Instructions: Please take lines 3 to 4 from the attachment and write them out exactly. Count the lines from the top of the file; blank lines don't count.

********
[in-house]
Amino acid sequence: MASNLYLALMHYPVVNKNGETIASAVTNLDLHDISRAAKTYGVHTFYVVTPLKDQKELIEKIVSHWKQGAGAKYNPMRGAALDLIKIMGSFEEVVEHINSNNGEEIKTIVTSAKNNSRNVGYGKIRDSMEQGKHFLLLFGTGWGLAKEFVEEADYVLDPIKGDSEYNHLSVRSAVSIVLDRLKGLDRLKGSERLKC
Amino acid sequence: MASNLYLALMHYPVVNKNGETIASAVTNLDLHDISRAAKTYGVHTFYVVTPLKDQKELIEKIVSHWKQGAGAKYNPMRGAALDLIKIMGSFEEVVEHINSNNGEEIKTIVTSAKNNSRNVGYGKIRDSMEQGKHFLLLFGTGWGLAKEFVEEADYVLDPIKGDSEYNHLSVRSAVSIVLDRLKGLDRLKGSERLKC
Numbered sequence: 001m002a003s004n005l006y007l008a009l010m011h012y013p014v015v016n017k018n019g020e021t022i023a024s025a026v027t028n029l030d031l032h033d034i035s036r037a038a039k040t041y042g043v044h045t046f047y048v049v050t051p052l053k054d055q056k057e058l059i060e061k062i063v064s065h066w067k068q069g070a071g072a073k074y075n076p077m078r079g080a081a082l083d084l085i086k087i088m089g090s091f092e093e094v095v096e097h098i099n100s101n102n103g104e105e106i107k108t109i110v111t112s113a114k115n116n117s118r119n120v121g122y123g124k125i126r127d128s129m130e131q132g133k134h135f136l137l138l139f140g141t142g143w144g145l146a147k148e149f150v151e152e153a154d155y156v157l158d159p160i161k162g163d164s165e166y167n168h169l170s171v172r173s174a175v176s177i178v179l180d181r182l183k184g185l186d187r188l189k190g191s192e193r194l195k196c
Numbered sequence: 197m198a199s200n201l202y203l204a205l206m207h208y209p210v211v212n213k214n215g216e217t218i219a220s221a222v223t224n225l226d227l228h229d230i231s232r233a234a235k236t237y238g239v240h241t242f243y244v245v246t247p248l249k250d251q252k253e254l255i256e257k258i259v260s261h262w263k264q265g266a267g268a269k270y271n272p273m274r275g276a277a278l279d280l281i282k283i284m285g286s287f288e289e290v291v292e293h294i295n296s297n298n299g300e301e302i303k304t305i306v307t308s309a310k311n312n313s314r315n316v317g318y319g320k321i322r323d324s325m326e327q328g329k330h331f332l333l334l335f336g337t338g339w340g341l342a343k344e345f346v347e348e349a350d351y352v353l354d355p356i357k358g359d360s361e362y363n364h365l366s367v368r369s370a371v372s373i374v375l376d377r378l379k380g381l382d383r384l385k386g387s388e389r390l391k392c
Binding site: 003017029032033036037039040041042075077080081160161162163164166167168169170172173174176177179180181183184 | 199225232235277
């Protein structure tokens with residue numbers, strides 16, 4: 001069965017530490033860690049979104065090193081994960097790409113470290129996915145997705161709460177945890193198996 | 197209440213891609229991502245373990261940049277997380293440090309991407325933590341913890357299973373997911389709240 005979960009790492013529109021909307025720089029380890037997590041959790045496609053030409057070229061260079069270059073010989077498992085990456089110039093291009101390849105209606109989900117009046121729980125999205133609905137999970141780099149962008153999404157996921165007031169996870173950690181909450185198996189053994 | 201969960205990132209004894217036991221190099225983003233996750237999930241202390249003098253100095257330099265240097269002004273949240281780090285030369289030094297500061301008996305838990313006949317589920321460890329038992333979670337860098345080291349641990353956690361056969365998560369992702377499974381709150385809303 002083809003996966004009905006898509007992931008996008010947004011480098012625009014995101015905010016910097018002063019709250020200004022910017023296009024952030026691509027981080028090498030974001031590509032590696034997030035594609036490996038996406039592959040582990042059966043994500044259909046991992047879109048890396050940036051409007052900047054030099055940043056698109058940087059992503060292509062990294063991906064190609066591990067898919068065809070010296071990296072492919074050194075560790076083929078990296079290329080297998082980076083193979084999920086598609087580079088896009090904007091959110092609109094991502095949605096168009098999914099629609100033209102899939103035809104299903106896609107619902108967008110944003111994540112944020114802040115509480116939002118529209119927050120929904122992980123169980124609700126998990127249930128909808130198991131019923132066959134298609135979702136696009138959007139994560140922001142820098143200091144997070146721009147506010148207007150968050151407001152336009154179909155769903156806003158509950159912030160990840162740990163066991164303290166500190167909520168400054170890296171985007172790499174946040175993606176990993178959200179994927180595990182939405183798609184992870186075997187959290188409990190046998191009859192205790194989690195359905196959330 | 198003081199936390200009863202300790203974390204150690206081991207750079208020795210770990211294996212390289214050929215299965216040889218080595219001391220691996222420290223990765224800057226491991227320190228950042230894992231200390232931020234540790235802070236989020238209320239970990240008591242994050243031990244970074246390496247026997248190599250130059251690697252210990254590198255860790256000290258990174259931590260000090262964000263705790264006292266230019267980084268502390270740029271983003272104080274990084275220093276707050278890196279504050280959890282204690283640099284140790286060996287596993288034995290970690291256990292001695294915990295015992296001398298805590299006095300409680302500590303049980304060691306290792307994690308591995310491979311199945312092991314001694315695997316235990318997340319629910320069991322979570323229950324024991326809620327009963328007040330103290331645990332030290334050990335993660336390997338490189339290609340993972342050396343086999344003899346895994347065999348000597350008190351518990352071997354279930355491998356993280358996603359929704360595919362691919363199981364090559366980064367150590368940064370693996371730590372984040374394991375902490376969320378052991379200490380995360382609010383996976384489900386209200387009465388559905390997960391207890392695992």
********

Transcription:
Amino acid sequence: MASNLYLALMHYPVVNKNGETIASAVTNLDLHDISRAAKTYGVHTFYVVTPLKDQKELIEKIVSHWKQGAGAKYNPMRGAALDLIKIMGSFEEVVEHINSNNGEEIKTIVTSAKNNSRNVGYGKIRDSMEQGKHFLLLFGTGWGLAKEFVEEADYVLDPIKGDSEYNHLSVRSAVSIVLDRLKGLDRLKGSERLKC
Numbered sequence: 001m002a003s004n005l006y007l008a009l010m011h012y013p014v015v016n017k018n019g020e021t022i023a024s025a026v027t028n029l030d031l032h033d034i035s036r037a038a039k040t041y042g043v044h045t046f047y048v049v050t051p052l053k054d055q056k057e058l059i060e061k062i063v064s065h066w067k068q069g070a071g072a073k074y075n076p077m078r079g080a081a082l083d084l085i086k087i088m089g090s091f092e093e094v095v096e097h098i099n100s101n102n103g104e105e106i107k108t109i110v111t112s113a114k115n116n117s118r119n120v121g122y123g124k125i126r127d128s129m130e131q132g133k134h135f136l137l138l139f140g141t142g143w144g145l146a147k148e149f150v151e152e153a154d155y156v157l158d159p160i161k162g163d164s165e166y167n168h169l170s171v172r173s174a175v176s177i178v179l180d181r182l183k184g185l186d187r188l189k190g191s192e193r194l195k196c